Comments on the blog are better than any medicine.

Status: 9.25/10. Had an LP today, and anytime you get stuck with a needle you just gotta deduct some points.

Events:  Today was the beginning of numerous evaluation tests to make sure I’m in good shape for a transplant; started off the morning with blood drawing (simply to reassure the folks in radiology that my platelets were high enough that they could safely perform a lumbar puncture).  Then off for a quick EKG, which is done in another corner of the hospital. The delightful technician in the heavily air-conditioned EKG suite asked me to remove my shirt, but immediately handed me a warmed gown.  It was a first –  comfortable, comforting, and confidence building.  Not only did I feel good, I thought, “These folks know what they’re doing.”  It takes so little to put a patient’s mind at ease (think of all the people who have no idea what’s in store when they’re sent for an EKG).

One of the many good things at Hopkins is that they show you your test results.  The tech handed me my EKG, and although most people would have no idea what the squiggles meant, I could quickly tell I had not had a recent heart attack, an electrical conduction problem, or an enlarged heart (that’s myocardial infarction, left bundle branch block, or left ventricular hypertrophy, in doctor talk).

Next up were pulmonary function tests.  As you go through a number of exercises, they measure your normal breathing volume, your total lung capacity, how much and how fast you can forcefully exhale, and a number of other sophisticated measurements that were beyond me.  For those familiar with the tests, they come accompanied by a technician who’s yelling, “More, more, more!  Keep going, keep going!  Hold it, hold it!”  I’d swear that each one of them in college was a coxswain on their rowing team.  All of my major measures were above those predicted for my age, weight, and height, so I’m starting off with a good heart and lungs.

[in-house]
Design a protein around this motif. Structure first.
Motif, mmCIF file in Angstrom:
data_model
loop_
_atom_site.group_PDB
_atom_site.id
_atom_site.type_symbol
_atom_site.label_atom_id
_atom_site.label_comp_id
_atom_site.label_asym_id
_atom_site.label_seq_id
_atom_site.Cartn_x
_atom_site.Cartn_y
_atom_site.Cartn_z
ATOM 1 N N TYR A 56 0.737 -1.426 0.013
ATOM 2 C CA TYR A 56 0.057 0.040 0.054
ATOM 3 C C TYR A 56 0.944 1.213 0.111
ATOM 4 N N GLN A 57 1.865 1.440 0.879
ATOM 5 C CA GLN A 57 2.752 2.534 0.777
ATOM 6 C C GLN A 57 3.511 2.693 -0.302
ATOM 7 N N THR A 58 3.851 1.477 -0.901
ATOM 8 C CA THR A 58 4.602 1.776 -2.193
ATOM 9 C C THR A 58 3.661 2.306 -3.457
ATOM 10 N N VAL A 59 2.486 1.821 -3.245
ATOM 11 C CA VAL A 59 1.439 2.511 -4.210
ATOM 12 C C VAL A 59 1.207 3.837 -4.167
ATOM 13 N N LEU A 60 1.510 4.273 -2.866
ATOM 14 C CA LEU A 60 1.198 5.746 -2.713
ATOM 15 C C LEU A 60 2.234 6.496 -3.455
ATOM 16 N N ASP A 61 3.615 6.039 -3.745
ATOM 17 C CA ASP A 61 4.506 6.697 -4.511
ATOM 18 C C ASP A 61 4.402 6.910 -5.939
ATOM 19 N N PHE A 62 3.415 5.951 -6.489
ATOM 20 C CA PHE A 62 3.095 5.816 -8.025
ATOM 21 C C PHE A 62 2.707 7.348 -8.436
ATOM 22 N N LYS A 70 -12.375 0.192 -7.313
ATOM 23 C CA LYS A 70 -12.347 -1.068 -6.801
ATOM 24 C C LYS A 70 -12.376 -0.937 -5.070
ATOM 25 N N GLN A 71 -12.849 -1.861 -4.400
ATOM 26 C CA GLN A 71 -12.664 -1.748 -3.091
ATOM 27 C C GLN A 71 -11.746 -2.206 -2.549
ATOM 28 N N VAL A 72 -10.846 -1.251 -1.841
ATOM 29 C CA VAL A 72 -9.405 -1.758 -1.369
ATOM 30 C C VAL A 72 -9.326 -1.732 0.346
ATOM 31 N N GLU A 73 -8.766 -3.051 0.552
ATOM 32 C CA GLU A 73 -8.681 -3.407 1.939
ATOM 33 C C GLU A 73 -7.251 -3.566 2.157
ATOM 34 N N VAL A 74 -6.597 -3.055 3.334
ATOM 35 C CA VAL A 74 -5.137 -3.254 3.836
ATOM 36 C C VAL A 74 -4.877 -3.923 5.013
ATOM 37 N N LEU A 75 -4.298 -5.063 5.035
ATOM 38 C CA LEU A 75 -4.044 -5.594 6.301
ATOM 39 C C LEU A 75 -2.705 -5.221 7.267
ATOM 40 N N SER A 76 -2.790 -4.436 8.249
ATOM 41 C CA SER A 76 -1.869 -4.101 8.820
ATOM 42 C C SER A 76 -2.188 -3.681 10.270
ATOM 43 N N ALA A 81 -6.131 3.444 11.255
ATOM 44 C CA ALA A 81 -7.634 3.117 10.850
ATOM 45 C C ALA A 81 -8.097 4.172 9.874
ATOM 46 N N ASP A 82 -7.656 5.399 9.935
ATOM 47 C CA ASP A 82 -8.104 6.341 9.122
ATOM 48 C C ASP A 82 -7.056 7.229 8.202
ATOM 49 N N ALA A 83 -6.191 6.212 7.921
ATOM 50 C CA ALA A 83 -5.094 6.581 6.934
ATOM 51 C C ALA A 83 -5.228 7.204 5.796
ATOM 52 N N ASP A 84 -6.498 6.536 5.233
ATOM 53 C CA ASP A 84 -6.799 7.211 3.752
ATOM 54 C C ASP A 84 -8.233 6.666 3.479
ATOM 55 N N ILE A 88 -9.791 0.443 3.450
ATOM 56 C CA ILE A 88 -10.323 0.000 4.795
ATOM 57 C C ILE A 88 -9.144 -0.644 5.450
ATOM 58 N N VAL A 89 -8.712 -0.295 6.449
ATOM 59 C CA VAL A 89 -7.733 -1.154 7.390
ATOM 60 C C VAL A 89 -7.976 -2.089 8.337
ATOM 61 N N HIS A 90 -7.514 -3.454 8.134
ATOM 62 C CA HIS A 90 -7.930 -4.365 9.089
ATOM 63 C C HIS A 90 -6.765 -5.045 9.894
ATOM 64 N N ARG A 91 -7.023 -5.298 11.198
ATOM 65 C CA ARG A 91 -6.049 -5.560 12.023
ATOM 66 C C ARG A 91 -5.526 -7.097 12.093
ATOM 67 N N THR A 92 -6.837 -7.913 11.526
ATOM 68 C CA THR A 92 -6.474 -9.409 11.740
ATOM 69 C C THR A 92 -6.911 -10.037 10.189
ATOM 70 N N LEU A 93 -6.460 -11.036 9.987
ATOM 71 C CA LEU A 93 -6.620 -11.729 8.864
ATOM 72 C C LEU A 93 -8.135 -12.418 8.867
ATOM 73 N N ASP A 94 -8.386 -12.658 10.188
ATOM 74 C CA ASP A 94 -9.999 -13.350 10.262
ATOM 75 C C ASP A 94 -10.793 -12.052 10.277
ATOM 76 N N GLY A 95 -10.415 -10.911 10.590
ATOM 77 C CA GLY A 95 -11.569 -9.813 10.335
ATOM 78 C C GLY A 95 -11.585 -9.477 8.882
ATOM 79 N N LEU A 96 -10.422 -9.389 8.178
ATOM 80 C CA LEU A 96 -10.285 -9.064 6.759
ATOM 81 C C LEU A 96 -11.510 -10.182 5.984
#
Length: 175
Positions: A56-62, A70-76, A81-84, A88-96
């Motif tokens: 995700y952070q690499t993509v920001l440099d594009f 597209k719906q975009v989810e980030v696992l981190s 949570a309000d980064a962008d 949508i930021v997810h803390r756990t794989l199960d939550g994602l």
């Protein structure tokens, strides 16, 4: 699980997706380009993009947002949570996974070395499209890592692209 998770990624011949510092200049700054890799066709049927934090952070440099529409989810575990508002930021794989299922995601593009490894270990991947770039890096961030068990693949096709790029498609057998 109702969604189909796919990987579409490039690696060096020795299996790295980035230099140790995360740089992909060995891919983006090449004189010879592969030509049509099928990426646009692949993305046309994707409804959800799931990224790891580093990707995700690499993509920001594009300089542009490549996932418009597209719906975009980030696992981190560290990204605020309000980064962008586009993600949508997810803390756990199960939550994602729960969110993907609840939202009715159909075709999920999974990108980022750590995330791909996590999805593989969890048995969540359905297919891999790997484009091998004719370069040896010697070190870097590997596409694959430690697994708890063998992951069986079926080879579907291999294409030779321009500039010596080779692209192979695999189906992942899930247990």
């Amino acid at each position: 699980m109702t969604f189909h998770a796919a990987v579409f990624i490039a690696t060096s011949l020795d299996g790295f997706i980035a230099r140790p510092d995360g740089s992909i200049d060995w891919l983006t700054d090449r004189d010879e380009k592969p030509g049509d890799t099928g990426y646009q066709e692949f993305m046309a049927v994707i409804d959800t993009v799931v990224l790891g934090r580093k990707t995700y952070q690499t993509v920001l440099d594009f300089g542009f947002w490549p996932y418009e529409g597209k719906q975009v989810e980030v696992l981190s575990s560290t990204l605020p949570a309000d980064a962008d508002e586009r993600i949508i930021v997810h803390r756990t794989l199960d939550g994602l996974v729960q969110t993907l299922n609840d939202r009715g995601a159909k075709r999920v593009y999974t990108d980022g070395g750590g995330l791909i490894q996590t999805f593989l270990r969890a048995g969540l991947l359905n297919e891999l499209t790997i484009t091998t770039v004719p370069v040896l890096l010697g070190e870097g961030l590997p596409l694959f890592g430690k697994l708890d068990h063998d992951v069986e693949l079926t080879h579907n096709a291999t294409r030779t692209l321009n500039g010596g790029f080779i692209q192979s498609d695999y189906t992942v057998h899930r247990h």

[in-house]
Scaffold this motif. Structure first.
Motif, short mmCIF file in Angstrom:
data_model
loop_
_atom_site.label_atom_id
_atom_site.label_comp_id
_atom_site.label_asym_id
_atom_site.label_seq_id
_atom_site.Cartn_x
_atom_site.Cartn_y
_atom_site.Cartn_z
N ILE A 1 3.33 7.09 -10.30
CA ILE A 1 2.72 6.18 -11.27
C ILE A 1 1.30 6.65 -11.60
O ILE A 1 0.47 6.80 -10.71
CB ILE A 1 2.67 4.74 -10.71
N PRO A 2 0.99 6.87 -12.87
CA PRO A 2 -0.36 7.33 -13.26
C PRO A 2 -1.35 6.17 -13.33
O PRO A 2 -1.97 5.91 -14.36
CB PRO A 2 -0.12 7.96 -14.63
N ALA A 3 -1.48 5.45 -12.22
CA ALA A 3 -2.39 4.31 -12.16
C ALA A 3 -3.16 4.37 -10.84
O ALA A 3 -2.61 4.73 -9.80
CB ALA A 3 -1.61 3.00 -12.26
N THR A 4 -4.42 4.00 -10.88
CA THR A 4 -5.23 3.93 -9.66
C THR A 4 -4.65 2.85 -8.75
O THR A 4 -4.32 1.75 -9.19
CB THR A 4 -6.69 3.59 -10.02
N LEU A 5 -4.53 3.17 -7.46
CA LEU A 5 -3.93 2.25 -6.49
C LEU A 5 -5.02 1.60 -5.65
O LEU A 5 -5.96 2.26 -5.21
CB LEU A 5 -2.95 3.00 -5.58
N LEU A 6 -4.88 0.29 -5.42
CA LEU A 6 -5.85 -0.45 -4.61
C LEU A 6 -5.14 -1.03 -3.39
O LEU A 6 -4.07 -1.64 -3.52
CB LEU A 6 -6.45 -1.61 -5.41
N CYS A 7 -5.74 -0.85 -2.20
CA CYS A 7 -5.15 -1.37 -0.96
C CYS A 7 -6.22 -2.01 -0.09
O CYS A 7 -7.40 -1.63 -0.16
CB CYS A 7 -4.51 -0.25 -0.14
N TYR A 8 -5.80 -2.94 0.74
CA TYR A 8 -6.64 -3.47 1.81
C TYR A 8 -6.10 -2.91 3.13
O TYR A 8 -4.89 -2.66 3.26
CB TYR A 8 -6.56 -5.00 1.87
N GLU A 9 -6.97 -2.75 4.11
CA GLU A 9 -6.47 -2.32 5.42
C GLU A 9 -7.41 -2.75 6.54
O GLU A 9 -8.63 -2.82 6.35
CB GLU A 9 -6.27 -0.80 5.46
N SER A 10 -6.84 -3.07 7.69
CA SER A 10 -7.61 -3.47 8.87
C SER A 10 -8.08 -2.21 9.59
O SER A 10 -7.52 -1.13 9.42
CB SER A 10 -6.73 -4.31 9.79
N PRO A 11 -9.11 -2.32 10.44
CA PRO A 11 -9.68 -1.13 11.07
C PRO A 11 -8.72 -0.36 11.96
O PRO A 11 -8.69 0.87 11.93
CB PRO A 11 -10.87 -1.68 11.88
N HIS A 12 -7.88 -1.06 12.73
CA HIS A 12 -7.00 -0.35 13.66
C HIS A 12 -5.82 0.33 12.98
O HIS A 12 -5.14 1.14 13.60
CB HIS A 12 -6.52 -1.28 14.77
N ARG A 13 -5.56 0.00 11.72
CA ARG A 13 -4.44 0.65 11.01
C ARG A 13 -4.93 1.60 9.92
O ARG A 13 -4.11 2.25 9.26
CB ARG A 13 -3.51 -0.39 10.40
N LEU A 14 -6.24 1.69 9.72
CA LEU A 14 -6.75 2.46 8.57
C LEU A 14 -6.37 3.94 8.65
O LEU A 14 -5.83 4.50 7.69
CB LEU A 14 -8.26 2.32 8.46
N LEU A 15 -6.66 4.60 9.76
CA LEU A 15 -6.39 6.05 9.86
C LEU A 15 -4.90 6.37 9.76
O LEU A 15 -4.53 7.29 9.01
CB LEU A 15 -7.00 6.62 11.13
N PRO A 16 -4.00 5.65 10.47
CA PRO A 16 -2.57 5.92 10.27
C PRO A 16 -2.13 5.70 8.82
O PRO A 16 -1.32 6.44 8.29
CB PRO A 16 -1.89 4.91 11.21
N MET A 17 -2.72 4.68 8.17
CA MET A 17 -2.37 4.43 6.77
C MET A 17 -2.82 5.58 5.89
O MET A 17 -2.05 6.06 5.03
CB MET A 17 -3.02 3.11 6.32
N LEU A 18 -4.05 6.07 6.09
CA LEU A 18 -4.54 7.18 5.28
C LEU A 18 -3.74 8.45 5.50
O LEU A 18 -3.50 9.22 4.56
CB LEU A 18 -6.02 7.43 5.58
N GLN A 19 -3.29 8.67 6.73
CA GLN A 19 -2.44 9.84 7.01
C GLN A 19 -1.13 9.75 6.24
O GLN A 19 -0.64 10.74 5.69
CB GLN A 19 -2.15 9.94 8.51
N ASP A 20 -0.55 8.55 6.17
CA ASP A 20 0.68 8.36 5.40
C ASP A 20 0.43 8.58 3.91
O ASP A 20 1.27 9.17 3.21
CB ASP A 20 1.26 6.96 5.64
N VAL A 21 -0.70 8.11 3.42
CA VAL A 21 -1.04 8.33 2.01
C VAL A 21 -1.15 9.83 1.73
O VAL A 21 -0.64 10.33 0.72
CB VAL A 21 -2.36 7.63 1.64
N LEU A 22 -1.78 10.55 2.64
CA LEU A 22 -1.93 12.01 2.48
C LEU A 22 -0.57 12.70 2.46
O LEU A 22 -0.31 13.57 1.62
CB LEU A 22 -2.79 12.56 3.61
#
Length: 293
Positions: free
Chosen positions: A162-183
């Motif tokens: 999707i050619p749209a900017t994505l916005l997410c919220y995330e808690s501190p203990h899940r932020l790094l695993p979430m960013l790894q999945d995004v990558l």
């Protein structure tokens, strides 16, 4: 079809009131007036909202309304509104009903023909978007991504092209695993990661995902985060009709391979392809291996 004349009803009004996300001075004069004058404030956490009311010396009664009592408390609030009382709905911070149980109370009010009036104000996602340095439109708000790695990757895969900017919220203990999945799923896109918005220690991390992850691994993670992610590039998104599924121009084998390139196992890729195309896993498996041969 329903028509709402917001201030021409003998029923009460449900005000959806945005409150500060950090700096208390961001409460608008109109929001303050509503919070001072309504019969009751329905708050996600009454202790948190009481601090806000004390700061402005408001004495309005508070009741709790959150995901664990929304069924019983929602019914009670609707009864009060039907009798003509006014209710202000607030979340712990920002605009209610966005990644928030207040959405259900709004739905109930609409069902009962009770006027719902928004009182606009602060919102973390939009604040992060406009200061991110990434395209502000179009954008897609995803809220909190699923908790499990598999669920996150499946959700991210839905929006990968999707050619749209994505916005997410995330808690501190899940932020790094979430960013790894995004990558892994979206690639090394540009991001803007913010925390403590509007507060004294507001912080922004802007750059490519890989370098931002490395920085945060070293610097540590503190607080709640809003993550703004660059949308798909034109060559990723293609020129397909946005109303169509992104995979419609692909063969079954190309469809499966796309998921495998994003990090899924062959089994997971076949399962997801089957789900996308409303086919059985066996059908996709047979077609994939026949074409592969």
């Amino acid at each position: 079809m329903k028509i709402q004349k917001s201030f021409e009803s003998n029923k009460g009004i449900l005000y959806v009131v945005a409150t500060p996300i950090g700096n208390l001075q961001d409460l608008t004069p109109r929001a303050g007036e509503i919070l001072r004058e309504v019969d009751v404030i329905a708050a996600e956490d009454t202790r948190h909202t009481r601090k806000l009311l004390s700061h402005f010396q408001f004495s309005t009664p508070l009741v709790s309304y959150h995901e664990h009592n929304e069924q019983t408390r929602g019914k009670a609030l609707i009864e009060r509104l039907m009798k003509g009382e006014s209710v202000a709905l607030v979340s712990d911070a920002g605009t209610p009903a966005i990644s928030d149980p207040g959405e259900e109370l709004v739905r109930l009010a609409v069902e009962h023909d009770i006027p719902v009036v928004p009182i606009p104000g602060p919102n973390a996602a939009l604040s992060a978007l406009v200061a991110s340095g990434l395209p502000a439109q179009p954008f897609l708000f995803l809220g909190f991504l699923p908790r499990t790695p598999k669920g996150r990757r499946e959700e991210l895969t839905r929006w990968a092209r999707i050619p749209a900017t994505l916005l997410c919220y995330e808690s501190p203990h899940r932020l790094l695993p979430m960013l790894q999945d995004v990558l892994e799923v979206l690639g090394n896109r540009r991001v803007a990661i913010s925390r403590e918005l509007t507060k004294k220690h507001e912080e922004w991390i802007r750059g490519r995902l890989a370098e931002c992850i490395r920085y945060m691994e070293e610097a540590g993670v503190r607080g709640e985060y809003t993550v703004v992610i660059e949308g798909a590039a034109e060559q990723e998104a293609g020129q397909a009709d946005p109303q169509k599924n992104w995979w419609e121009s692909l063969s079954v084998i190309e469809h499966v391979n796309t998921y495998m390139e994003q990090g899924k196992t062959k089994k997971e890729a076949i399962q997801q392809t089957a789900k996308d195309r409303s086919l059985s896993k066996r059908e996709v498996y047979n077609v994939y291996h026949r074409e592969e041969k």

Lisa and I grabbed a quick lunch (she specifically wanted me to relate that mine was California roll and chocolate layer cake and ice cream).  And then we traveled back to the outpatient clinic where I would rest after my upcoming LP, but for the sole purpose of getting a gurney to take down to radiology with us (if you don’t come with one, you don’t leave with one!).  We grabbed a blanket as well.

The LP was as usual, a radiology fellow doing the procedure, but a wait for the supervising (billing) physician.  I went over in a gentle way what made for a good LP (slow injection of the numbing lidocaine, let it sit awhile to take effect – otherwise what’s the point).  Lisa later laughed, and using a deep announcer’s voice, intoned, “Bruce Dan, changing medicine, one doctor at a time.”

And as usual, despite my hinting that I’d like a calm, quiet ride on the gurney back the outpatient area, the two assistants pushing it were gabbing loudly the whole way back about how much they liked/didn’t like their jobs.  They seemed totally unaware I was lying on the bed in between them.   Don’t know if I’m gonna be able to fix this one – seems like they missed something in kindergarten.

Comments: Tomorrow is another long day, back for an early 4-hour class on bone marrow transplantation, x-rays, CT scans, and a meeting with social worker.  Feels like the merry-go-round is starting to move pretty fast

My love to everyone,



11 Responses to “”

  1. sheldan Says:

    Why in the world would someone comment in public about how they hate their job? Maybe they really don’t care, which is very scary in a hospital.